* with Toxic Holocaust
Paradise Lost has finally officially released their 14th album, The Plague Within, in North America. The band has also announced exact tour dates along with the release.
“The Plague Within” – European tour 2015
27.09 – IE Dublin, The Academy
28.09 – UK Belfast, The Limelight
30.09 – UK Manchester, Academy 2
01.10 – UK Glasgow, Garage
03.10 – UK Wolverhampton, Wulfrun Hall
04.10 – UK London, Koko
05.10 – DE Cologne, Live Music Hall
06.10 – BE Antwerp, Trix Muziekcentrum
07.10 – NL Utrecht, TivoliVredenburg
09.10 – DE Berlin, Huxley’s Neue Welt
10.10 – SE Malmö, KB
11.10 – SE Göteborg, Sticky Fingers
13.10 – FI Helsinki, The Circus
15.10 – SE Stockholm, Debaser Strand
16.10 – NO Oslo, John Dee
17.10 – DK Copenhagen, Pumpehuset
18.10 – DE Hamburg, Gruenspan
20.10 – CZ Prague, MeetFactory
21.10 – PL Wroclaw, Alibi
22.10 – PL Gdansk, B90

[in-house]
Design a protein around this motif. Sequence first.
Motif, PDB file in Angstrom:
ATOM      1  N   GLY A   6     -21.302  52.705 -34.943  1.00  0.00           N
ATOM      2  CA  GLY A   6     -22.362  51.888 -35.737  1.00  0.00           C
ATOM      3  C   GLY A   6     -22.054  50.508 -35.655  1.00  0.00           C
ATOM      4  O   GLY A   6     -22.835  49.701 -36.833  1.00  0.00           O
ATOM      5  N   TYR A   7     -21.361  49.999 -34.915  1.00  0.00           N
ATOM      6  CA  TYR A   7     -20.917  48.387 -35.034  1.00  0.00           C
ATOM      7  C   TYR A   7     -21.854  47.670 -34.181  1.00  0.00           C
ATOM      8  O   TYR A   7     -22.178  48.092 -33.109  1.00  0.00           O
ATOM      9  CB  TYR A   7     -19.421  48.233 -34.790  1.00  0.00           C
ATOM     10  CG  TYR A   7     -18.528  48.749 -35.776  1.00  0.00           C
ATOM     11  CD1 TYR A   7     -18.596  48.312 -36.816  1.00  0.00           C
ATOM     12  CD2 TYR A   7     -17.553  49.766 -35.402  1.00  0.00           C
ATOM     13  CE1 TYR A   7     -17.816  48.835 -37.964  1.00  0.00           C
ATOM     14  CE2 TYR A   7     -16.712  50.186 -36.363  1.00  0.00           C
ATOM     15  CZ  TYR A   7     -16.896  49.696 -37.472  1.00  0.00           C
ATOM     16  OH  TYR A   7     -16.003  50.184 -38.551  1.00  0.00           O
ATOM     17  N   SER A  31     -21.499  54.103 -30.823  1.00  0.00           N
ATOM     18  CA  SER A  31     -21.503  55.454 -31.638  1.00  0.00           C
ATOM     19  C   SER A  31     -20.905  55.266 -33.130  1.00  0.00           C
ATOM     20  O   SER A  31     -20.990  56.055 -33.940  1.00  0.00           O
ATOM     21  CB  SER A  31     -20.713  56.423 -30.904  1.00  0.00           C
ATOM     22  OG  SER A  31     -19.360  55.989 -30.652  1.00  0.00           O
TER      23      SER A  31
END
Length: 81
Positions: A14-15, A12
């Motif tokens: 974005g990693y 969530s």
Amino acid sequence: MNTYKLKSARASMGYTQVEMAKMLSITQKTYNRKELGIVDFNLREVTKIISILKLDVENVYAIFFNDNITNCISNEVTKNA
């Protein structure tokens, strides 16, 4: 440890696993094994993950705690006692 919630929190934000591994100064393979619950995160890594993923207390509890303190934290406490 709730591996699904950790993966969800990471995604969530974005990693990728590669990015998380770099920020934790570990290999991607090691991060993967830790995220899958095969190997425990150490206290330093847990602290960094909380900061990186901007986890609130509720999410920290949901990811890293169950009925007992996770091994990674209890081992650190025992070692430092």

24.10 – CZ Ostrava, Barrak
25.10 – SK Bratislava, Randal Club
26.10 – HU Budapest, Barba Negra
27.10 – HR Zagreb, Vintage Industrial Bar
29.10 – SI Nova Gorica, Mostovna
30.10 – DE Munich, Theaterfabrik
31.10 – AT Vienna, Arena
02.11 – IT Milan, Live Club
03.11 – CH Solothurn, Kofmehl
05.11 – ES Barcelona, Salamandra
06.11 – ES Madrid, Sala Arena
07.11 – ES Bilbao, Sala Stage Live
08.11 – FR Bordeaux, Rocher de Palmer
09.11 – FR Paris, Le Trabendo
10.11 – FR Strasbourg, La Laiterie
12.11 – Liverpool – O2 Academy 2
13.11 – Nottingham – Rock City
Big Nate Productions presents Calgary Metalfest IV June 3-7, 2015 with over 40 bands, kicking offJune 3rd at The Ship & Anchor Pub featuring: The Electric Revival, Bloated Pig, Lucid Scream, The Outer, and Woodhawk.